We own a 1998 Volvo V70 (AWD) with 145,000 miles. The breather box was recently replaced (because the mechanic suggested this should be done). I should mention that before this work was done, the car ran fine. Absolutely no problems, but we took the mechanic’s advice figuring it was the prudent thing to do. About a week after the breather box was replaced, we noticed that the car was leaking quite a bit oil. Because the car never leaked oil before, we figured the problem was related to the recent breather box work. So, we took the car back to the mechanic and had him look it over. He changed a small hose, saying that it had been clogged with carbon. He also dumped some oil additive (Seafoam) into the system in the hopes that it would break up any other bits of carbon, which would then work themselves through. The car was ok for a couple of days. Then, following some freeway driving, voluminous clouds of nasty blue smoke started coming out of the exhaust. We took the car back (again), and the mechanic again checked the hoses leading to/from the breather box, and he again dumped in Seafoam. He noted that there was high positive crankcase pressure. We took the car back and it ran fine for about a week. Then, once again huge clouds of blue smoke started pouring out of the exhaust. We took the car back to the mechanic (yet again, 3rd time). The mechanic once again measured the crankcase pressure (it was positive), and confirmed that the breather box system was clear. He then did a “leak down” test, and found that there was 20-24% leak down in two of the cylinders. He said the engine needed to be either rebuilt or replaced in order to fix the problem (i.e. he suspected badly worn rings/valves). The next day, we tested the compression and found that 4 out of the 5 cylinders were getting a compression reading of 175 PSI. The 5th cylinder was reading 155 PSI. We also changed the oil to a slightly heavier grade (15/40), with no change in the smoke issue. We put a rubber surgical glove over the oil filler (with the car running), and determined that there was still positive crankcase pressure. We then phoned a couple of other mechanics and explained the problem. Both said that it was highly unlikely that we needed to replace the engine. One suggestion was that the turbo charger either had bad seals that allowed oil to leak into the exhaust, and/or we had a plugged turbo charger oil return line. Before we take the car to yet another mechanic and spend yet gobs more money, we were wondering what your opinion of the problem is.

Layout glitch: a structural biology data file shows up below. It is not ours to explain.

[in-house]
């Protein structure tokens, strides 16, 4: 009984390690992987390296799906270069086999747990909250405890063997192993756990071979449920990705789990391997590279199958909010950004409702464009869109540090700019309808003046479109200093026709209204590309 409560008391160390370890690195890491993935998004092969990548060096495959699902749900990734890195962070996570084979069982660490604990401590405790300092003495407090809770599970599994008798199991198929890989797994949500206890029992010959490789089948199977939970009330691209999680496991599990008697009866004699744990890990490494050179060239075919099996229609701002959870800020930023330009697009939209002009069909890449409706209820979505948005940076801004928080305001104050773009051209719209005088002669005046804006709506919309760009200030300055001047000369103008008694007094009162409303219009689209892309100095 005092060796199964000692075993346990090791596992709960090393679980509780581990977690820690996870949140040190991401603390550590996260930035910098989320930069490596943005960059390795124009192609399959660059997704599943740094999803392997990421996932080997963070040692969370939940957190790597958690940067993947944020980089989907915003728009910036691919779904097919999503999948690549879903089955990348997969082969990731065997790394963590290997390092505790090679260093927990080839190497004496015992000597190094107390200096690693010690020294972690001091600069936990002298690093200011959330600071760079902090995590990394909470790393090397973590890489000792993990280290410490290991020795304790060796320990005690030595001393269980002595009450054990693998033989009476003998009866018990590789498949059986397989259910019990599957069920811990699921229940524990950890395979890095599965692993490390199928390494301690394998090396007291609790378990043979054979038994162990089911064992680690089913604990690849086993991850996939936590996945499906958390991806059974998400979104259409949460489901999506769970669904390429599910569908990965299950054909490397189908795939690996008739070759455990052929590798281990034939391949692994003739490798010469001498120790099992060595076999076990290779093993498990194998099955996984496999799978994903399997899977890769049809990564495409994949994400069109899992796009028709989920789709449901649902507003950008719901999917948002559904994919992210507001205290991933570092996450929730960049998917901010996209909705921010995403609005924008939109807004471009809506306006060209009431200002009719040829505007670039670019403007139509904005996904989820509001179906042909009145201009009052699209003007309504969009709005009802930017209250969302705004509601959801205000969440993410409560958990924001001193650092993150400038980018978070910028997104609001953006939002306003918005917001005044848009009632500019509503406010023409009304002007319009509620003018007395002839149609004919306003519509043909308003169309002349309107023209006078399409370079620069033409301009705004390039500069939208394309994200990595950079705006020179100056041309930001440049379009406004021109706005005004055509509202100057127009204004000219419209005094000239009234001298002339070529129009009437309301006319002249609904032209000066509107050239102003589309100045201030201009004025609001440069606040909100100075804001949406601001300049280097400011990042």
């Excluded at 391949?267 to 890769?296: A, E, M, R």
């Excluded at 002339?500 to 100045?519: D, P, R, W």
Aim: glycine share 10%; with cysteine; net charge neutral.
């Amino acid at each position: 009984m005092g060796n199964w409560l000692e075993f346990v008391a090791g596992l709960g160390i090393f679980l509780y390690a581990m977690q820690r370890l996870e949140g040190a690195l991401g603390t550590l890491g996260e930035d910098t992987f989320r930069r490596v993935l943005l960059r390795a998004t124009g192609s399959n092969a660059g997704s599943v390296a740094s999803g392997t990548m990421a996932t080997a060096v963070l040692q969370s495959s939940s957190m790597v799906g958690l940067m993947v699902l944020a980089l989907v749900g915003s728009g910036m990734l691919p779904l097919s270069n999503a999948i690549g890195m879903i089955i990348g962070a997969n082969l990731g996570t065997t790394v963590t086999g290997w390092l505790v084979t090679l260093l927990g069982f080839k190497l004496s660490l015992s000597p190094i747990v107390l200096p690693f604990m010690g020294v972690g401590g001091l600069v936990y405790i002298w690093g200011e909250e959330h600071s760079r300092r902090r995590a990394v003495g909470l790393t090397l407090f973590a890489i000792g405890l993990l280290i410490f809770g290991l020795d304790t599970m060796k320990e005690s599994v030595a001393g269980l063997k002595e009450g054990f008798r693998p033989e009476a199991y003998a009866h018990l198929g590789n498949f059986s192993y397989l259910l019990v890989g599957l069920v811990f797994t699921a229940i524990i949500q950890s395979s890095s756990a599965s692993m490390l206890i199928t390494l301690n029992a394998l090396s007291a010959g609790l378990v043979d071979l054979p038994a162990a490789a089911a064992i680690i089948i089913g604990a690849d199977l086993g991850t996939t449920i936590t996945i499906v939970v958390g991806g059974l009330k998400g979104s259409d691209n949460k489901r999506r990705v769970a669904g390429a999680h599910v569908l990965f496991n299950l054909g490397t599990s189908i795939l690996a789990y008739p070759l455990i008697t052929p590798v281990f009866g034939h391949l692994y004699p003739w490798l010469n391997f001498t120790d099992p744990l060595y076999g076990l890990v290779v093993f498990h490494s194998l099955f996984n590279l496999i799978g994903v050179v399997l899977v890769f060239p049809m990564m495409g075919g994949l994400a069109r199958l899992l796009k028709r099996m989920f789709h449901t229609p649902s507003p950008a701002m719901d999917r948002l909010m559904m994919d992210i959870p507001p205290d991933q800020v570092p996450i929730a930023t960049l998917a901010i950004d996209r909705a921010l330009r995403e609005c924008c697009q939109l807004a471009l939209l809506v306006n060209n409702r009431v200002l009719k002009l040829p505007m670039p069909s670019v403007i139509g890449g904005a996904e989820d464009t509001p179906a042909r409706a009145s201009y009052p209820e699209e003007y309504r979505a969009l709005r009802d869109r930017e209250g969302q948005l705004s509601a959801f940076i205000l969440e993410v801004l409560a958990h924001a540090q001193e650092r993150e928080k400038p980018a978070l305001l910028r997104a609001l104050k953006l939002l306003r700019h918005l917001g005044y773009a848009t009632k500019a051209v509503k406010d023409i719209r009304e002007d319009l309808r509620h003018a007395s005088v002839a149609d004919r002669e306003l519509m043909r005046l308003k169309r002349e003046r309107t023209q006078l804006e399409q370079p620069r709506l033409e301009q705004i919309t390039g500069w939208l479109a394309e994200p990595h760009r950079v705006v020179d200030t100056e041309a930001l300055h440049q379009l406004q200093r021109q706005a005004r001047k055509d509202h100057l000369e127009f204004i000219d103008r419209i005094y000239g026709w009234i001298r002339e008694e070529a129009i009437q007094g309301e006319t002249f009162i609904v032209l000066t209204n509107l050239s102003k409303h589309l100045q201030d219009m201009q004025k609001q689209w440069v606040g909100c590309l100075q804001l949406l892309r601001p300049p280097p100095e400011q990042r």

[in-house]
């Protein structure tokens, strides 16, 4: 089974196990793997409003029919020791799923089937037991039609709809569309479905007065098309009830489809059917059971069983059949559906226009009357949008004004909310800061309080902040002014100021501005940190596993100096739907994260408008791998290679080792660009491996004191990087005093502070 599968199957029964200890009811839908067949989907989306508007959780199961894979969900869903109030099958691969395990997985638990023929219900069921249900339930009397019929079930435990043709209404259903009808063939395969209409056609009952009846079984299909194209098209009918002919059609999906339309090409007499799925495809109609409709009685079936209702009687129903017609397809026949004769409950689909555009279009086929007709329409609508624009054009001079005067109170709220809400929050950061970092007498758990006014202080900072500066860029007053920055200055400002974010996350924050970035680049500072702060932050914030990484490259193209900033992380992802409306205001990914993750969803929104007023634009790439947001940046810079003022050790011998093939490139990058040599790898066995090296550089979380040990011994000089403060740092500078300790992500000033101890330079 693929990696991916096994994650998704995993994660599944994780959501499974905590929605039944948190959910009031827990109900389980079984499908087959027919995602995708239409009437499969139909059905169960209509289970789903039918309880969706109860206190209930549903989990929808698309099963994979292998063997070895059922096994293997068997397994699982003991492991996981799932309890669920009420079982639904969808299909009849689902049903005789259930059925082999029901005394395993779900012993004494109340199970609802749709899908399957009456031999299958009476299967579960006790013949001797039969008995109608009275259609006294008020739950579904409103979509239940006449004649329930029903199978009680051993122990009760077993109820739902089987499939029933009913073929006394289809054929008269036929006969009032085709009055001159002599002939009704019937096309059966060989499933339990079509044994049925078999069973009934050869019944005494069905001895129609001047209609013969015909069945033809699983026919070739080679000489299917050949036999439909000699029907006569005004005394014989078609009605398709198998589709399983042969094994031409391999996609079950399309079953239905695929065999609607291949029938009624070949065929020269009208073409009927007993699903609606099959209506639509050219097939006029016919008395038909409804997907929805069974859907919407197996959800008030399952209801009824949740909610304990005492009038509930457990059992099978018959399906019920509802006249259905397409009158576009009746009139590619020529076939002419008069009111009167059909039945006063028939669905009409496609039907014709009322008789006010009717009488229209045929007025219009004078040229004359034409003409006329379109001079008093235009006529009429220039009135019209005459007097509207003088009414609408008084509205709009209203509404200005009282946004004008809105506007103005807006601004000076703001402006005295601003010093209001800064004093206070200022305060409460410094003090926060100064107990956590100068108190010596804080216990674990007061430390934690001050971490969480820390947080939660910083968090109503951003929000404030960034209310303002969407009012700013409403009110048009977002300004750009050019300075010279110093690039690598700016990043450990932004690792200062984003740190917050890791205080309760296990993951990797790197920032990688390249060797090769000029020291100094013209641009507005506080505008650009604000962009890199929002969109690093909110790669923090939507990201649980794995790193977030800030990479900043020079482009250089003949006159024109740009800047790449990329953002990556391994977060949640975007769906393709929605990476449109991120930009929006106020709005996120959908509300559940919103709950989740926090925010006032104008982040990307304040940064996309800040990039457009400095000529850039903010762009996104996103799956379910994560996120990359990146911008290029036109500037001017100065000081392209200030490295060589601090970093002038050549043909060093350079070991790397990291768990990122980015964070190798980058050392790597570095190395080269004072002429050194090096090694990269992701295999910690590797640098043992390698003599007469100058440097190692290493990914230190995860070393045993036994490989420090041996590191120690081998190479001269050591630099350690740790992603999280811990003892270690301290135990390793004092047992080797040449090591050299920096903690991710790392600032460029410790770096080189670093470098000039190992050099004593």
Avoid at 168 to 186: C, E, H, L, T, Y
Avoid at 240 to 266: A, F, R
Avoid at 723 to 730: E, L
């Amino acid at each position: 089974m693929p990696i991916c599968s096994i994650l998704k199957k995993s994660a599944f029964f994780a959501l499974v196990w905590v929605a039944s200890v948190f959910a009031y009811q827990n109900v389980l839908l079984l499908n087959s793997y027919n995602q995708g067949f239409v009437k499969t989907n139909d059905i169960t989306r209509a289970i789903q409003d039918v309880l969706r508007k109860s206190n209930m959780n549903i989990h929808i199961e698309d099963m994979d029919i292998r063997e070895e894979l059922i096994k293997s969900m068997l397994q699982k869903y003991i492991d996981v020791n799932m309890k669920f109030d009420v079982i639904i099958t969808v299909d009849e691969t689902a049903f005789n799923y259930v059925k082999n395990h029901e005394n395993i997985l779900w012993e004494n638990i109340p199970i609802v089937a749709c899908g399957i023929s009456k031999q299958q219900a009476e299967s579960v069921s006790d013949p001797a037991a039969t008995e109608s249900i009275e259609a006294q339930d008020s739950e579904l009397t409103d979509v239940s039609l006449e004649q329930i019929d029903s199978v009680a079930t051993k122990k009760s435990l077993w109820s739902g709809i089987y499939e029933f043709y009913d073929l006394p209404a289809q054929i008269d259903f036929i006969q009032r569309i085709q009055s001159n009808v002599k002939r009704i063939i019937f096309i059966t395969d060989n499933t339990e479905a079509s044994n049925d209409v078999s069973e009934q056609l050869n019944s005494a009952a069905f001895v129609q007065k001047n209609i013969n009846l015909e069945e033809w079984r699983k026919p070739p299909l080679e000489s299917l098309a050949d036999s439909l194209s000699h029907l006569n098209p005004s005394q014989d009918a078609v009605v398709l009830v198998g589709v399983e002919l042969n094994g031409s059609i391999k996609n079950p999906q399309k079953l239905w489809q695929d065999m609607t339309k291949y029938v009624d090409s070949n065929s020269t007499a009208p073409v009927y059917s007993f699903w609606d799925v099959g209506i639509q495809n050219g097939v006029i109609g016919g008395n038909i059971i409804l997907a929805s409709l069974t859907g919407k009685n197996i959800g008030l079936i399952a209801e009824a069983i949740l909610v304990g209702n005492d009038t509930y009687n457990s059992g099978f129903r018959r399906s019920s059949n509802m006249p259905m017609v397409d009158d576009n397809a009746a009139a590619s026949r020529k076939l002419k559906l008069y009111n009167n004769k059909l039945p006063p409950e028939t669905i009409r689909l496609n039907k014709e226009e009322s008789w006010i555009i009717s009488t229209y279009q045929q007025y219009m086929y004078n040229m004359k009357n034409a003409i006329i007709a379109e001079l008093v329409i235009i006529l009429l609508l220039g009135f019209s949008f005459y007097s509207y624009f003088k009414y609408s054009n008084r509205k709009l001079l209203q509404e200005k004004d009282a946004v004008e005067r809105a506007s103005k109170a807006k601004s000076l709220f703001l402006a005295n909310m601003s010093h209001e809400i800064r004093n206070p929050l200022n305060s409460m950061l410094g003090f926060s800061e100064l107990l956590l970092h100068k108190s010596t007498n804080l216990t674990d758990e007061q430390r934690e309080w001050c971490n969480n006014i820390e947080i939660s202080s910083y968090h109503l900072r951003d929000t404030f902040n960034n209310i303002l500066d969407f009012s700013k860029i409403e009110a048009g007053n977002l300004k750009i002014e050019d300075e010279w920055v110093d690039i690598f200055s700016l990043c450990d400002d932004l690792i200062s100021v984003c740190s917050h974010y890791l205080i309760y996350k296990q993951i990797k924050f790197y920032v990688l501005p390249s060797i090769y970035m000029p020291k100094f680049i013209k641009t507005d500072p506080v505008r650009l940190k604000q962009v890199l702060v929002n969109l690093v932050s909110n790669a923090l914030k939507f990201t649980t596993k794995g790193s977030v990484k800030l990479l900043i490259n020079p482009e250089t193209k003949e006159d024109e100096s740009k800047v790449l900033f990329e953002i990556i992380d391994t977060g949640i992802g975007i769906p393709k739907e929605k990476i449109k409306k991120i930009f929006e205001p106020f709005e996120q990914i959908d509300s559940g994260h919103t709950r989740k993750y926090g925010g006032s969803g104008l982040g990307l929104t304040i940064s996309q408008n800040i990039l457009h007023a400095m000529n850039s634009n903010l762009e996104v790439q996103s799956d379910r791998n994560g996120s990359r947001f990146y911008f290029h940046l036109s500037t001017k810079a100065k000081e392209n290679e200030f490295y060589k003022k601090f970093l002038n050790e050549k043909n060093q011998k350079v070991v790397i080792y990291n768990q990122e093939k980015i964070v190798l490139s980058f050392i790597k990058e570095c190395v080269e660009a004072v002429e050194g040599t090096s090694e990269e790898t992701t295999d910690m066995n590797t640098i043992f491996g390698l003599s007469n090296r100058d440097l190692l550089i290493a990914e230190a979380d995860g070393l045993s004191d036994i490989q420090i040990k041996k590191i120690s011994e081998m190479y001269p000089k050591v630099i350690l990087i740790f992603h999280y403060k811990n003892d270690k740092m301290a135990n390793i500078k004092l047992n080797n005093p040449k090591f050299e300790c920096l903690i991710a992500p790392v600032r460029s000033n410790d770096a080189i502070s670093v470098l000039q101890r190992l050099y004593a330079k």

Everything described indicates that the engine is worn out, and that the turbocharger is leaking oil into the turbine side.